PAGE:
[embedded content] OK, so it’s been a little quieter than usual on the blog over the last few weeks, and we can now reveal why. In short, we’ve been busy behind the scenes creating this short video which we hope will be the first in a series of similar productions. In this introductory piece, we get ‘up close and personal’ with a range of LPS corals currently residing in our Black Tank, employing some timelapse macro and pure fluorescence imagery to ‘shed light’ on some of their otherwise hidden habits. Don’t forget to select full 1080HD resolution to see the fine detail! As said, we hope to continue the series as time permits and expand to focus on different groups of invertebrates… and as ever, we’ll certainly be looking to keep pushing the envelope in reef imagery by investing in new equipment and software for future offerings.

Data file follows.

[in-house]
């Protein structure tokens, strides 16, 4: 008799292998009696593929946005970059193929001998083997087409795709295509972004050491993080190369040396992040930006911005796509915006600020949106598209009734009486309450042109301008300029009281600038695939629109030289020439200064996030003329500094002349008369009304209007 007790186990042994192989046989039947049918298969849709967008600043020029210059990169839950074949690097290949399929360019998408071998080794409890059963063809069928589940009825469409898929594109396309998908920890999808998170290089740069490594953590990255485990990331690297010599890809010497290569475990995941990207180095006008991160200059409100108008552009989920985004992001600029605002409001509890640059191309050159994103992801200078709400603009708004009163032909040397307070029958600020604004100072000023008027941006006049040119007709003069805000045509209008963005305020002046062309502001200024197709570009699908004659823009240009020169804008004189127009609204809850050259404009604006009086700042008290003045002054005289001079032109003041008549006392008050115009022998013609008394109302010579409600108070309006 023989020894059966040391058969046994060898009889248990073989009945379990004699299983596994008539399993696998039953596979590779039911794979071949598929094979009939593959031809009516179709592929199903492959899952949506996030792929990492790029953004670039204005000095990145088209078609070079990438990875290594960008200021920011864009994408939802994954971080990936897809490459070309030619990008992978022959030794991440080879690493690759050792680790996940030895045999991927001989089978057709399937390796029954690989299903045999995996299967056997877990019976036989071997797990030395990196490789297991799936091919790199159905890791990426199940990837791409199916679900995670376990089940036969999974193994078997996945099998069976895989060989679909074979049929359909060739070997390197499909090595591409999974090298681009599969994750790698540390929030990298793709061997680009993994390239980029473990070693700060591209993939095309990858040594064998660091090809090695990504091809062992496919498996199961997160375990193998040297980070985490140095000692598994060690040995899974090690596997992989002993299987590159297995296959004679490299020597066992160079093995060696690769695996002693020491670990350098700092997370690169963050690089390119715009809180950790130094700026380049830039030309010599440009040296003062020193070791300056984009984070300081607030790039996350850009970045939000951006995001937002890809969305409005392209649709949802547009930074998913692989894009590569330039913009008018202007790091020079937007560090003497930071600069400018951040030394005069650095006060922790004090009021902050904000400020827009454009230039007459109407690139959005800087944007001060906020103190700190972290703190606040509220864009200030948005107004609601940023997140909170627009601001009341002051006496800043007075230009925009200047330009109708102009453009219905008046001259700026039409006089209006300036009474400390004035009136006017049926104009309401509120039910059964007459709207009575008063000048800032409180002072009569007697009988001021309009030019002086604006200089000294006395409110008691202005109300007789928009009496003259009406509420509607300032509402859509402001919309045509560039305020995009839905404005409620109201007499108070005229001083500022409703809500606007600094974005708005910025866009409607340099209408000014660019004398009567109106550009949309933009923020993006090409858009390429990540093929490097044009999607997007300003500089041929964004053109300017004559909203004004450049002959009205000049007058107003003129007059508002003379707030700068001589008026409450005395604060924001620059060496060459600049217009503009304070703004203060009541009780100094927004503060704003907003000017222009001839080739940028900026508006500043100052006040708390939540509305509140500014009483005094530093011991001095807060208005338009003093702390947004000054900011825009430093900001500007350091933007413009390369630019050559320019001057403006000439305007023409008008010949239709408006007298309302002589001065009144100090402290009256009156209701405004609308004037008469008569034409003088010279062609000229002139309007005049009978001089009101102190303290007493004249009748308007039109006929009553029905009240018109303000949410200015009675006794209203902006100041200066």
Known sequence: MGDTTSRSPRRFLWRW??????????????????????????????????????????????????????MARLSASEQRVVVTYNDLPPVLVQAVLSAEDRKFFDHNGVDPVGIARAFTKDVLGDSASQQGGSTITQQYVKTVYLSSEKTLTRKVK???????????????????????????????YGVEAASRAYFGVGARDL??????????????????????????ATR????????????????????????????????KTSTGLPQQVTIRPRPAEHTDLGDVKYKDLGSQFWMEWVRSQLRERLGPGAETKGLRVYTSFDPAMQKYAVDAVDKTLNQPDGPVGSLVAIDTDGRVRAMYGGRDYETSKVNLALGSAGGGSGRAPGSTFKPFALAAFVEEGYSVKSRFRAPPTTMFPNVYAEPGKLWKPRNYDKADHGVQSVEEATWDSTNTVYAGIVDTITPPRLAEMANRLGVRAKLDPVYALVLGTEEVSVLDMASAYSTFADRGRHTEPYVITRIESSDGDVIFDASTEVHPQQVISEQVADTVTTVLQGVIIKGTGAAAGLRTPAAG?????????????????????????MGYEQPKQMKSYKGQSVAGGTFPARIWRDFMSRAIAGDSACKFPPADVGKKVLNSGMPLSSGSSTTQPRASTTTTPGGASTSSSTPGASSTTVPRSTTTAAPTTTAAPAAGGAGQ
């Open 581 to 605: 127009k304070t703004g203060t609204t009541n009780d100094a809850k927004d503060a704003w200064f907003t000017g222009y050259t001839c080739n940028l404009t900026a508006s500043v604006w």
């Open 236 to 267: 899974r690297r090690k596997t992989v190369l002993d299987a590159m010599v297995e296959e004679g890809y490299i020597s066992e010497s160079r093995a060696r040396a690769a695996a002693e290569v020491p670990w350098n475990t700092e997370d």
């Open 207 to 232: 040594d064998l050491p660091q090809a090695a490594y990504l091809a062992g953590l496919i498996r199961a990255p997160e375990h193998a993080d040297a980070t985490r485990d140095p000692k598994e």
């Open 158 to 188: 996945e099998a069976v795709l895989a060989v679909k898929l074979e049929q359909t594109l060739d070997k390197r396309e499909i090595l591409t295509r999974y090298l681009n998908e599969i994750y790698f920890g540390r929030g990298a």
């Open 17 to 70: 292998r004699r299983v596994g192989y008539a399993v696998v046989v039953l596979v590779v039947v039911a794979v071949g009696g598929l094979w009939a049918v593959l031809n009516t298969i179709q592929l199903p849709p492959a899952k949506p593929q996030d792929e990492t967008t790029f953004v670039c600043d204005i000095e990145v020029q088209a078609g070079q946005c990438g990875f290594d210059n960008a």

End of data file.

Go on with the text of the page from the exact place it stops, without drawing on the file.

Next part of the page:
Without Fish, Sponges Smother Caribbean Corals

Credit: Joseph Pawlik, UNCWAs if corals didn’t have enough to contend with in nuisance seaweeds, another aggressive neighbour is moving in. Like seaweeds, sponges use an arsenal of toxins, mucus, shading, and smothering to kill nearby coral colonies and then, to add insult to injury, go ahead and grow on their skeletons. Furthermore, a recent survey of coral reefs across the Caribbean has shown that overfishing removes the predators of sponges, greatly increasing the threat to an already weakened population of corals. Headed by Dr. Joseph Pawlik at UNC Wilmington, the research team surveyed reefs from 12 countries across the Caribbean, where the combined effects of warming seawater temperatures, storms, and diseases have already decimated coral populations

Review: Elos OsmoController Digital